Fourth, the above success was in exchange for Japan’s promise to revise its unilateral sanctions imposed on North Korea. Central to this promise is the loosening of travel restrictions of DRPK-affiliated individuals to Japan, as well as port calls by North Korean ships. However, allowing for “humanitarian” exchange, the agreement has remained ambiguous as to whether this includes the North Korean ferry Mangyongbong-92. As Abe has repeatedly expressed his priority of resolving the abductions as a precondition for dialogue on other issues, the agreement does not include any mentioning of the North Korean missile and nuclear program, or a timeline for normalizing Japan-North Korea relations.
What is behind this recent momentum in Japan-North Korea relations? A major cause for the recent progress is Abe’s handling of the abduction lobby. In stark contrast to recent years, the lobby is now being treated with caution, to the extent that they are not included in immediate decision-making, thus allowing for policy options that include dialogue. In addition, Abe’s DPRK policy team has been successful in incorporating the Yokotas into Japan’s engagement approach, and thus tempering the symbolic impact of their daughter Megumi, who has served as the abduction lobby’s poster child. Moreover, as Japan has tightened its sanctions against North Korea, their incremental loosening will create room for renewed pressure. In either case, the risks involved for Abe are limited: A successful talks outcome resulting in the resolution of the abduction issue would increase his public support, as would a renewed hardline posture should the dialogue collapse due to a fourth nuclear test by North Korea.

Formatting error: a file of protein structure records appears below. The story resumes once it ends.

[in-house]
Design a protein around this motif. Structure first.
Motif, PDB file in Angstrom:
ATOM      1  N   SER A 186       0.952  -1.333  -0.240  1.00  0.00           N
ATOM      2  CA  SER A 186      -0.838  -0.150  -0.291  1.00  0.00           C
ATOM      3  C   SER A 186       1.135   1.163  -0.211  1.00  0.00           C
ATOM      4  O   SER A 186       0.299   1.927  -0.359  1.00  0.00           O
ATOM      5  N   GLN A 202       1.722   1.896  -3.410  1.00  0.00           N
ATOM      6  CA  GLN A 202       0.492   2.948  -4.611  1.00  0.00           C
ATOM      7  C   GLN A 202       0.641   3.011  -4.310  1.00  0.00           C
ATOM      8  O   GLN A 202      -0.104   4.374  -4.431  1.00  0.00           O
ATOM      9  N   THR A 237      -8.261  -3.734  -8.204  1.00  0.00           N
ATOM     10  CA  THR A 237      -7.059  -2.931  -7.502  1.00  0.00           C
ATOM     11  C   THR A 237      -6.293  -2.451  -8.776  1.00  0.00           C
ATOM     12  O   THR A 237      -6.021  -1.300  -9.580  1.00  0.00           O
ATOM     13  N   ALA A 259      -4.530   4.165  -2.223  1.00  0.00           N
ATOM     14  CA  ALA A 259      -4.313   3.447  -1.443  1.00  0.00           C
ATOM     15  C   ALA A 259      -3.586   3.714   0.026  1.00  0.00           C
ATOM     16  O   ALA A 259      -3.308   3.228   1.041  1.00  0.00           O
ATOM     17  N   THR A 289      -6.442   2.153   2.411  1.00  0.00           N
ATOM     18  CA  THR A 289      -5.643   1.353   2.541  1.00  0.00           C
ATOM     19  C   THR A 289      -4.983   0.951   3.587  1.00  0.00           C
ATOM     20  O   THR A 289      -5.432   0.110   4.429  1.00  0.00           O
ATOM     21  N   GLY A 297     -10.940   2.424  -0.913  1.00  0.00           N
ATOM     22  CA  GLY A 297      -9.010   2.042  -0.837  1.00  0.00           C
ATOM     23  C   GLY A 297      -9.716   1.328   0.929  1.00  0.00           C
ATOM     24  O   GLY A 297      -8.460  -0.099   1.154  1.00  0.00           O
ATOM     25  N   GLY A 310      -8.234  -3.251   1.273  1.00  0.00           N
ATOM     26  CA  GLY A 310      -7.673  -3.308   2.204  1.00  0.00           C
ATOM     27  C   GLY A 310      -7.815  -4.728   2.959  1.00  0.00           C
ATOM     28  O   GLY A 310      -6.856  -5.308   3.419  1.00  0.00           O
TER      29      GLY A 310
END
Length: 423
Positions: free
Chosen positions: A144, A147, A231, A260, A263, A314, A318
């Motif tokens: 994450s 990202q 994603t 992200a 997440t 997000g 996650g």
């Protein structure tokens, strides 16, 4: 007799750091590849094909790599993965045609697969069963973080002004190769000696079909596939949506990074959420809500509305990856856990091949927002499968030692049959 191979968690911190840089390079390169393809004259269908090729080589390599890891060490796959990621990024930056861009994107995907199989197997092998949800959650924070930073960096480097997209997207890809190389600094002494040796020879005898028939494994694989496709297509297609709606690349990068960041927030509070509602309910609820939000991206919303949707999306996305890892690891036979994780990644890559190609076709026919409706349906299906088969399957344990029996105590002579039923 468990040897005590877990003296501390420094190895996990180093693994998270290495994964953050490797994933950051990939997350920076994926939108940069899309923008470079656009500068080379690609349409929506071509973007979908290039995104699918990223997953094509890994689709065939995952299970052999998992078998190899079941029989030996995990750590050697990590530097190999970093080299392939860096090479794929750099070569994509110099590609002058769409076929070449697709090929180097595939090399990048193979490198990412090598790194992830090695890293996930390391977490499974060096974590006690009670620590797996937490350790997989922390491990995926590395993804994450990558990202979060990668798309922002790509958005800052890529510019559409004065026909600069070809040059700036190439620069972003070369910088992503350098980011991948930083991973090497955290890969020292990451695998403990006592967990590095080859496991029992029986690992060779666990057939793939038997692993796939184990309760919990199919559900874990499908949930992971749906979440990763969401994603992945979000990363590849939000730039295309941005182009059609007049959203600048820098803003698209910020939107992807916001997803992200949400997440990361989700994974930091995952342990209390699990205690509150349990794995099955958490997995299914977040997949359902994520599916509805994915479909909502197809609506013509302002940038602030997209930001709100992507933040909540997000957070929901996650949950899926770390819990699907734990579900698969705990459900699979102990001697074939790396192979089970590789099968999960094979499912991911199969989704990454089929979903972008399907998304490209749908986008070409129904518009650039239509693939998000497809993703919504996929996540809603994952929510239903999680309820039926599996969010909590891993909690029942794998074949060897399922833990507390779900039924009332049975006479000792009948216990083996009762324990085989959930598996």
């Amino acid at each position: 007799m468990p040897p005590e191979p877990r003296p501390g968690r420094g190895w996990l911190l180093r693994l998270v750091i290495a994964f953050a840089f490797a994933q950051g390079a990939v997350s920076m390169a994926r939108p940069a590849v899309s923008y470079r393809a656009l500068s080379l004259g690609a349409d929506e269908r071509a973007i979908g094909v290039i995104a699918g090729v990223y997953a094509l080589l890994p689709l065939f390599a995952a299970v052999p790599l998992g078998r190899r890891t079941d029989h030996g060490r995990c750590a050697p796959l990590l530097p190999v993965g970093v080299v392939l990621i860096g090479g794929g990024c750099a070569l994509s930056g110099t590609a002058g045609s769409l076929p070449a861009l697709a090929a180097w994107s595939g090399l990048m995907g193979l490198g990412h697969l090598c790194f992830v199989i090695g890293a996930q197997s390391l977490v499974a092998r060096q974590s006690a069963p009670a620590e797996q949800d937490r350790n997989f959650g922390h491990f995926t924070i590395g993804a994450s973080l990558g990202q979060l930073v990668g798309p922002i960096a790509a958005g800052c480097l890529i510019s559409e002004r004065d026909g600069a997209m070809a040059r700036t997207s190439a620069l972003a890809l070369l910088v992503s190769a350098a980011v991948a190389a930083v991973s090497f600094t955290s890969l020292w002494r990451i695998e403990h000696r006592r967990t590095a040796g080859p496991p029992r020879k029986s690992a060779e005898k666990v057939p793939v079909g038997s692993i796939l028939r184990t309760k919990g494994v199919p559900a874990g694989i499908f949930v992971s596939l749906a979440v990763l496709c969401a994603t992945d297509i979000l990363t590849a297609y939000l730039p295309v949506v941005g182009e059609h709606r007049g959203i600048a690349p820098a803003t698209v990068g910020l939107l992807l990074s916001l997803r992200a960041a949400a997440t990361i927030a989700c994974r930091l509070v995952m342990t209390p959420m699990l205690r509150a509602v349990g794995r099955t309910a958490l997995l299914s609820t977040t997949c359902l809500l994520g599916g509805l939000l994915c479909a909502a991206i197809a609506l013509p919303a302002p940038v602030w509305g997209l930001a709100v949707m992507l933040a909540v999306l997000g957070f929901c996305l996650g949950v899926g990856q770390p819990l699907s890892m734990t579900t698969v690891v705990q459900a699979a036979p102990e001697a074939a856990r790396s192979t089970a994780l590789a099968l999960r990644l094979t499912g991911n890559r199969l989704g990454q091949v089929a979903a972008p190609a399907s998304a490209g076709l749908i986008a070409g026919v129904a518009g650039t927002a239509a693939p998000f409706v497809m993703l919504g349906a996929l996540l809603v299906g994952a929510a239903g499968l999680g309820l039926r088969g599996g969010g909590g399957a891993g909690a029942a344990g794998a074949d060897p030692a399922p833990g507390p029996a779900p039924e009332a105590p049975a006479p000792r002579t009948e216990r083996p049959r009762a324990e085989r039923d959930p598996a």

Finally, North Korea’s biggest concern during the talks has been the fate of the Tokyo-based headquarters of the pro-Pyongyang General Association of Korean Residents in Japan. This has served as the North’s quasi-embassy in Japan, and is now subject to a forced sale and ensuing closure. The current agreement has not included this issue, with Japan repeatedly claiming that any resolution would require intervention in an ongoing jurisdictional process. While progress on this issue seems unlikely, an escape from its international diplomatic isolation and spoiled relations with China, a loosening of Japan’s economic sanctions, and the promise of humanitarian aid all appear valuable enough for North Korea to refrain from military provocations. It is for this reason that the more important question is whether Japan is prepared to accept the results produced by North Korea over the abduction cases, and to move on integrating North Korea into a stable regional security order.
Sebastian Maslow is Research Fellow at the German Institute for Japanese Studies Tokyo (DIJ). His research focuses on Japan’s foreign and security policy.